The Taurus M405 revolver is available with either a blued-steel or stainless-steel frame. Features include a ribbed-rubber one-piece grip that attaches from the bottom of the butt frame. There was a wide spur hammer with integral locking system that cannot interfere with hammer movement unless activated with the supplied key. The rear sights consisted of a frame notch with diffuser gap. The ramped front sight was integral with the barrel shroud. It was grooved perpendicular to the bore to prevent glare. We found this rugged design was easy to see even in bright light. The cylinder latch was reshaped to let spent rounds pass easily from the cylinder, and its contact surface was checkered. The cylinder was fluted and the ejector rod was full length ensuring the ejection of spent cartridges. With cylinder closed, the ejector rod was protected inside a long notch that ran the length of the full underlug barrel. There was a spring-loaded detent on the crane that locked into the frame to increase strength of lockup. The tip of the ejector rod did not take part in locking up the cylinder. But it was capped with a finely checkered knob to ensure comfortable, positive operation. The trigger was wide and smooth, and the gun could be fired continuously double action or single action only by manually pulling back the hammer.
Taurus calls the moon-clip system Stellar Clips. That’s okay with us. Lunar Clips makes more sense, but whatever. To load the M405, you had to first load the clips by pressing each round into place. Here’s where you become aware of the difference in case dimensions specifically at the rim. The Winchester cases were hard to get on and off, but the Federals were almost loose enough to fall off on their own. The Hornady cases were somewhere in between. Once the clips were loaded, you had to push all five rounds into place and make sure the center of the clip was all the way down against the cylinder. Once the rounds were fired, the empty cases were ejected together along with the clip. Removing the spent shells from the clip can be accomplished by hand or by using a special tool. Where necessary, we just stuck a piece of brass tubing of slightly less diameter into the mouth of the empty shell and pried them off the clips.
If you have ever seen revolver shooters on the Practical Shooting circuit, you’ve seen moon clips. Tuned competition guns accept and release moon clips holding up to eight rounds almost like magic. The Taurus clips weren’t nearly as fluid, but a little polishing of the clips around the center where they touch the ejector rod would make them a lot faster and more efficient. It would also help to chamfer the chamber mouths. Chamfering changes the angle of the chamber mouth from 90 degrees to as much as 45 degrees, creating a funneling effect. This is not an expensive modification, about $40 on average, and we’d like to see revolvers with chamfered cylinders as standard equipment.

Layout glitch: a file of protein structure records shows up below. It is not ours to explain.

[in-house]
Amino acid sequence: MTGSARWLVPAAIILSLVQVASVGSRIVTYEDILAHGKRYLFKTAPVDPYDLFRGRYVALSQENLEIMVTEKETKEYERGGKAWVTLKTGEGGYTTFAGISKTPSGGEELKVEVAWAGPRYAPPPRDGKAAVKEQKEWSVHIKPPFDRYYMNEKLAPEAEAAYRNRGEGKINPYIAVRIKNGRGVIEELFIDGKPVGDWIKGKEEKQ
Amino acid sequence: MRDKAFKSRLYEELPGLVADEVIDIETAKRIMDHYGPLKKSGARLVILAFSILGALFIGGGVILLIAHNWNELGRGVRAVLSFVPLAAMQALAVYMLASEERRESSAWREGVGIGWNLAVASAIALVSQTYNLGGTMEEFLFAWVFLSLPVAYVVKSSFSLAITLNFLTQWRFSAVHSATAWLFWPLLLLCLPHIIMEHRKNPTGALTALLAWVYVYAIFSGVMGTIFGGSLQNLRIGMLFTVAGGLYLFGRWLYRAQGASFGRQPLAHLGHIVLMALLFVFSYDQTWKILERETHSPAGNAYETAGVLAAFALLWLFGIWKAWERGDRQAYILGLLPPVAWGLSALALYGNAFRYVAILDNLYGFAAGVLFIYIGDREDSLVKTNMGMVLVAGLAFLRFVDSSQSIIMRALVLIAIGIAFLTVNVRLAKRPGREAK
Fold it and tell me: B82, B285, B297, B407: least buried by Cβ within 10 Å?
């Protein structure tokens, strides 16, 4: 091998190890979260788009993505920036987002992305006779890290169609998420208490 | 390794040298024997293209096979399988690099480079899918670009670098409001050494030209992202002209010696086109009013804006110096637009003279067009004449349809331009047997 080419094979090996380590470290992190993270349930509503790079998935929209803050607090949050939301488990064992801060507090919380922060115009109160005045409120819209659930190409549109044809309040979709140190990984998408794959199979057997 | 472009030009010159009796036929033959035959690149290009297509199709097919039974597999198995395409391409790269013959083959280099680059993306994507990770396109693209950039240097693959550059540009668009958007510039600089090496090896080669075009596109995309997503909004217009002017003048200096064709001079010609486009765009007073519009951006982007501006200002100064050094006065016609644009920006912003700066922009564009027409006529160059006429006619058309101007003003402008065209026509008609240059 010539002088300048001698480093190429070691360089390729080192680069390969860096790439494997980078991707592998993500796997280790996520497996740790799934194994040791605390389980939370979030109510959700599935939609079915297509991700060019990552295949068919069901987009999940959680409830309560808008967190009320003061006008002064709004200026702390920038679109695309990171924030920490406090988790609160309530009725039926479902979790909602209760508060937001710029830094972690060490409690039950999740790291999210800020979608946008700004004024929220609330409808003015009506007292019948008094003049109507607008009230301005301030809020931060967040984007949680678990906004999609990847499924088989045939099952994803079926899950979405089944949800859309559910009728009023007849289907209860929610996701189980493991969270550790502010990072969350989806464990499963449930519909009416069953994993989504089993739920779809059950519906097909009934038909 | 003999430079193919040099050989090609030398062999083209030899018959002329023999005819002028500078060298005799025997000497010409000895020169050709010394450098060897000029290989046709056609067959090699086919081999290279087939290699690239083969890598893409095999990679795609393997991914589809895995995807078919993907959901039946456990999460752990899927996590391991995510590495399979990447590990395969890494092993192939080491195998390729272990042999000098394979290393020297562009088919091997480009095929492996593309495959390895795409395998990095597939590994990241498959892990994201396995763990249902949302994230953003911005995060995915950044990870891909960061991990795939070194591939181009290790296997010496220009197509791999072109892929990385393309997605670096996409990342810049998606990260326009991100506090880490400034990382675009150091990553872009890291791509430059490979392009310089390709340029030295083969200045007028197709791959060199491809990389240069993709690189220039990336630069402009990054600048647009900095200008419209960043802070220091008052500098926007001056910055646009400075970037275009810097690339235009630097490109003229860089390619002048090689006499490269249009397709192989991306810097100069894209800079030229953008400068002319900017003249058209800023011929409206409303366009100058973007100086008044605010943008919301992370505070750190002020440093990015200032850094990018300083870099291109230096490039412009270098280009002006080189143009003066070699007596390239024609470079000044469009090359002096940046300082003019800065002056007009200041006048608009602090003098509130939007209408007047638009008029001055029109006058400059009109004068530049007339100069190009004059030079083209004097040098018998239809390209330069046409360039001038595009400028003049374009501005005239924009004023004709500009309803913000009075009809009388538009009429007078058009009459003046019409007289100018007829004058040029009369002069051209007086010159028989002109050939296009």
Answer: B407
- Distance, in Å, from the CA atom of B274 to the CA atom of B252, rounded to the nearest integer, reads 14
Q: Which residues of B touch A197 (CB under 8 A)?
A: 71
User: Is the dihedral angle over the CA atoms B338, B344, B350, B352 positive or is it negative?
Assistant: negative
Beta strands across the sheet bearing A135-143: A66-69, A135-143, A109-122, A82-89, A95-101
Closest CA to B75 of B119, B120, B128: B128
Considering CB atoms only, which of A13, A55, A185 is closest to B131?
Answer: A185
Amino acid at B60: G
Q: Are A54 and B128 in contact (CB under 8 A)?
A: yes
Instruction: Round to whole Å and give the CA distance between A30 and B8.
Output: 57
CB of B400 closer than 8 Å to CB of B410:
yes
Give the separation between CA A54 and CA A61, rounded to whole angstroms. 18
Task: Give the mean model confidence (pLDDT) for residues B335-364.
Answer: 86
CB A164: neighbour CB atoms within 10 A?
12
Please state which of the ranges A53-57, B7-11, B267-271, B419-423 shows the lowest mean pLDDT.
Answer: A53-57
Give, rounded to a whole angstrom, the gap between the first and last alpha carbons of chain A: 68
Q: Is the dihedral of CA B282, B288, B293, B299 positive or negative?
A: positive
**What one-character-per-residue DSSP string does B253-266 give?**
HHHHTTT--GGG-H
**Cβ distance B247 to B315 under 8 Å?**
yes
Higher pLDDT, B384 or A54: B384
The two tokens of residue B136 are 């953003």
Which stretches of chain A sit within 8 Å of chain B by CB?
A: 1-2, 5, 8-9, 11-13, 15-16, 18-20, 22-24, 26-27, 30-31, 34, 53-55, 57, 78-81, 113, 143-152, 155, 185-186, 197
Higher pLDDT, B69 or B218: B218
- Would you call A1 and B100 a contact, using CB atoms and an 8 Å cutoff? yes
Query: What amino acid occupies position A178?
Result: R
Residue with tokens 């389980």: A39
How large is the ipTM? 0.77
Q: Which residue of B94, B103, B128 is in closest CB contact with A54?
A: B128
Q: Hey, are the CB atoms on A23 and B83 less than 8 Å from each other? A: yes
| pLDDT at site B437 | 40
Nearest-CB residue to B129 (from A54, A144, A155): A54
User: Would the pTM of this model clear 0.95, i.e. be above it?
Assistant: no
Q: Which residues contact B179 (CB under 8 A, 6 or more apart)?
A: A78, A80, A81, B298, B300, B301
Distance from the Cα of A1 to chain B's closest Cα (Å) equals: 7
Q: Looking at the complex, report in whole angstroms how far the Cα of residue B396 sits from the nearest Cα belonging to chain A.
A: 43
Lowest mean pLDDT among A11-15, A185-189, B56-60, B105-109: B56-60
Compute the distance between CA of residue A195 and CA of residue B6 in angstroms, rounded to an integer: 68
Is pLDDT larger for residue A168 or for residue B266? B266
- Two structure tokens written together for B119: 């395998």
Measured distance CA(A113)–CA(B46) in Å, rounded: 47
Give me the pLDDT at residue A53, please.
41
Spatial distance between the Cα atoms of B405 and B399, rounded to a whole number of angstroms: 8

After a few shots single action only from the bench, we thought maybe we were cheating. But if you have the time to take a careful shot, pulling back the hammer manually is a viable option. In fact, we have found that even standard-production revolvers offer a single-action press superior to most semi-automatic pistols. The results showed a 0.8-inch group firing the Winchester 165-grain FMJ rounds leading the way to a 1.0-inch average size group. The 135-grain Federal Hydra Shok rounds were less accurate but produced almost 400 foot-pounds of muzzle energy. Our favorite load was the Hornady 180-grain XTP hollowpoints because the Taurus was dead on in terms of point of aim/point of impact. Resulting groups ranged in size from 1.1 inches to 1.5 inches across. To compare the effects of single-action versus double-action fire, we tried repeating our benchrest session shooting the Hornady ammunition double action only. The Taurus double-action trigger was smooth, but once we began our stroke, the trigger seemed to multiply the action and take us through the shot. When we fired the 405SS2 double-action only from a rest, our groups ranged in size from 1.2 inches to 1.8 inches across. Calculating our Hornady groups, the actual average was 1.35 inches single action versus 1.375 inches double-action only — effectively no difference.
Firing a revolver in our action test was very different. As we moved to our first target we were able to roll the cylinder and prep the trigger with more vivid control than we could with others. First shots ranged from 0.73 seconds to 1.01 seconds. But our overall elapsed times for each run suffered due to the greater recoil of the heavier 165-grain bullets. Average total elapsed time was about 2.50 seconds. We think we could have done better with one easy fix. The ribbed rubber grips were great from the shaded bench. But downrange in the afternoon sun, our hands were sweaty and the ribbed rubber grips caused the gun to swim in the shooter’s hands. A proper wooden grip (of which there are several available) would have helped us tame recoil, reduce elapsed time, and improve our score. Target points were five B-zone hits to the head with five A’s, three C’s and two D-zone shots below.
Our Team Said: With a change of grip and minor refinement, the M405 would be a fine tactical weapon. We could have chosen more radical ammunition without worry of malfunction. The larger-diameter projectile makes this gun a formidable choice.